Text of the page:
There are fourteen lines in a Shakespearean sonnet. The first twelve lines are divided into three quatrains with four lines each. In the three quatrains the poet establishes a theme or problem and then resolves it in the final two lines, called the couplet. The rhyme scheme of the quatrains is abab cdcd efef.
Moreover, what is the octave and Sestet of a sonnet?
A sestet is the name given to the second division of an Italian sonnet (as opposed to an English or Spenserian Sonnet), which must consist of an octave, of eight lines, succeeded by a sestet, of six lines. The first documented user of this poetical form was the Italian poet, Petrarch.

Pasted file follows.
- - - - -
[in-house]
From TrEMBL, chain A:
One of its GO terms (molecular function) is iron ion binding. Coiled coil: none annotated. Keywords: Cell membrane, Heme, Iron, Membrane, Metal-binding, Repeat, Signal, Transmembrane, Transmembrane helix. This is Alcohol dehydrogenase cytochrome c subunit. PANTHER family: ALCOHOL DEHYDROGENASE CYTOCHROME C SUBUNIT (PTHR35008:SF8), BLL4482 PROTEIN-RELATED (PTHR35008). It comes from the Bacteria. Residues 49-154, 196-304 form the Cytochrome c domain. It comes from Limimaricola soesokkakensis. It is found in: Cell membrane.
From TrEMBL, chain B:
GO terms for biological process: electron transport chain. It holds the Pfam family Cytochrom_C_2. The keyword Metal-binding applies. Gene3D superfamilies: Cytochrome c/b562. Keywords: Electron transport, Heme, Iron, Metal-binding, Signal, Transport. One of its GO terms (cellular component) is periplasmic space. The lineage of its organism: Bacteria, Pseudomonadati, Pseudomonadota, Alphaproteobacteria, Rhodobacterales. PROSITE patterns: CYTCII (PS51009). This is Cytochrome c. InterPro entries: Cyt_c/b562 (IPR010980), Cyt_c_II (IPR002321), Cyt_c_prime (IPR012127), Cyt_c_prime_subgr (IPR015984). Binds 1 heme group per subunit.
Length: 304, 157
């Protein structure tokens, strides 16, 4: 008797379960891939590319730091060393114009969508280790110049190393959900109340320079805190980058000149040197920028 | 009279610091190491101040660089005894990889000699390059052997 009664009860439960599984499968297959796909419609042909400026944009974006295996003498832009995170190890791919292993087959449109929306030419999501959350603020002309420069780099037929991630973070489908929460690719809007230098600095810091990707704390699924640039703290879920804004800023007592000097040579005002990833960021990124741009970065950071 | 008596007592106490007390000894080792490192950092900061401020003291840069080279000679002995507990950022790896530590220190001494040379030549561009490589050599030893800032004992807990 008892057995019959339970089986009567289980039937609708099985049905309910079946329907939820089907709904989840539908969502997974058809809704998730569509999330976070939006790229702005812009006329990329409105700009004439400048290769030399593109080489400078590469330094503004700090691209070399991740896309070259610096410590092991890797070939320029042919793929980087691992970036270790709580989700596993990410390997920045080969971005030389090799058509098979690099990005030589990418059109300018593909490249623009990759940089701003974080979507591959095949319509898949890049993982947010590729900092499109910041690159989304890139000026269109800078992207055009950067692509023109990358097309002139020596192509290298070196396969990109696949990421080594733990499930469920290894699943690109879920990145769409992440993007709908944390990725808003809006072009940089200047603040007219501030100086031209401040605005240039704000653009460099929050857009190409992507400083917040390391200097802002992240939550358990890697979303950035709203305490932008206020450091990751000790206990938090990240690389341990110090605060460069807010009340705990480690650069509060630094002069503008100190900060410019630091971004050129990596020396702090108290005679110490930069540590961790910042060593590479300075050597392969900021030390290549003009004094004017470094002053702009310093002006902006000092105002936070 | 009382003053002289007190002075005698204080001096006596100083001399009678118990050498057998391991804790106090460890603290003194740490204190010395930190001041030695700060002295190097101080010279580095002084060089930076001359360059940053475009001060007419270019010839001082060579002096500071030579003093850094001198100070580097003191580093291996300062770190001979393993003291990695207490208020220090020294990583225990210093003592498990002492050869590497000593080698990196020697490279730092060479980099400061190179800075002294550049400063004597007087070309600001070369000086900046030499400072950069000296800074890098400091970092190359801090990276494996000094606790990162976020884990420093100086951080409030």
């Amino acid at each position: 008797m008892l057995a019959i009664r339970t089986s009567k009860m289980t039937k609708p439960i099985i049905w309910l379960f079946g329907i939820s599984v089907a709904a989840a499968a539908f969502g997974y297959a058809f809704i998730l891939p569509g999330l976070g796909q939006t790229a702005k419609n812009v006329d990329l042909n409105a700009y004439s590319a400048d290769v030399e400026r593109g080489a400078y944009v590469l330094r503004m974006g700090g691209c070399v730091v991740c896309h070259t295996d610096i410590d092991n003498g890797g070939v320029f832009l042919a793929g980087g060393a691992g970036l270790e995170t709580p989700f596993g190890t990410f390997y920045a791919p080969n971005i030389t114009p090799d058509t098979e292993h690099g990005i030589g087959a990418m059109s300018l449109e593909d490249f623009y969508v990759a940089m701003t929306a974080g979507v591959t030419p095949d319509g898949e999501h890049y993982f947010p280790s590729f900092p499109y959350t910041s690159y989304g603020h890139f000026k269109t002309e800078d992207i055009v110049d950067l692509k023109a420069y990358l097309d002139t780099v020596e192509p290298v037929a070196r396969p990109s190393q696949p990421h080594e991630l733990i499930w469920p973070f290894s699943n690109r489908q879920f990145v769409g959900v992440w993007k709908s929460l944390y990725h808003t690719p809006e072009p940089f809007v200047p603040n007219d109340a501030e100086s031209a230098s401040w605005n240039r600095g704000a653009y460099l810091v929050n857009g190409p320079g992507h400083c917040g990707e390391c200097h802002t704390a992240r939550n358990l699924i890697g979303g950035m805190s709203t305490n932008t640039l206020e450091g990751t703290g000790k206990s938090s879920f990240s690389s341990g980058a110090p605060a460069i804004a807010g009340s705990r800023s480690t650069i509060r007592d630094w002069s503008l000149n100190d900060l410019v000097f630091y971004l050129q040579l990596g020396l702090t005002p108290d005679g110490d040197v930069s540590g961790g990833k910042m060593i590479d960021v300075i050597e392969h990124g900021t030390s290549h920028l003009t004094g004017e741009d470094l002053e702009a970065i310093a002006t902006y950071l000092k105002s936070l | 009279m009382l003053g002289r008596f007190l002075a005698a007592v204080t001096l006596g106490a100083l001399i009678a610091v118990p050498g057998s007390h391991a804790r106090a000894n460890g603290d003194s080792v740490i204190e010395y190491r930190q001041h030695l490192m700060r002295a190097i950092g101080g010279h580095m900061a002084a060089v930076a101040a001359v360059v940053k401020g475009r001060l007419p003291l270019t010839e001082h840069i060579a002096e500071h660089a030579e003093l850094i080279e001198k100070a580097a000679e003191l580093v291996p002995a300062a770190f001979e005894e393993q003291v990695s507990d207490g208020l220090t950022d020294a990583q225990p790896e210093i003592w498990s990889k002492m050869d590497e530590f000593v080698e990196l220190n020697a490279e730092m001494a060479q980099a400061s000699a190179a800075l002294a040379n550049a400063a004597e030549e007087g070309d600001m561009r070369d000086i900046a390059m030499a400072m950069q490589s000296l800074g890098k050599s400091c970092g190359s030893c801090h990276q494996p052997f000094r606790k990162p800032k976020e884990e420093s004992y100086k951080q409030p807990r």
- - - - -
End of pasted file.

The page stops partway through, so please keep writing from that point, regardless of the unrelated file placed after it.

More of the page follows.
What is an octave?
In music, an octave (Latin: octavus: eighth) or perfect octave is the interval between one musical pitch and another with half or double its frequency. Two notes separated by an octave have the same letter name and are of the same pitch class.
What poem is a sonnet?
Traditionally, the sonnet is a fourteen-line poem written in iambic pentameter, which employ one of several rhyme schemes and adhere to a tightly structured thematic organization. Two sonnet forms provide the models from which all other sonnets are formed: the Petrarchan and the Shakespearean.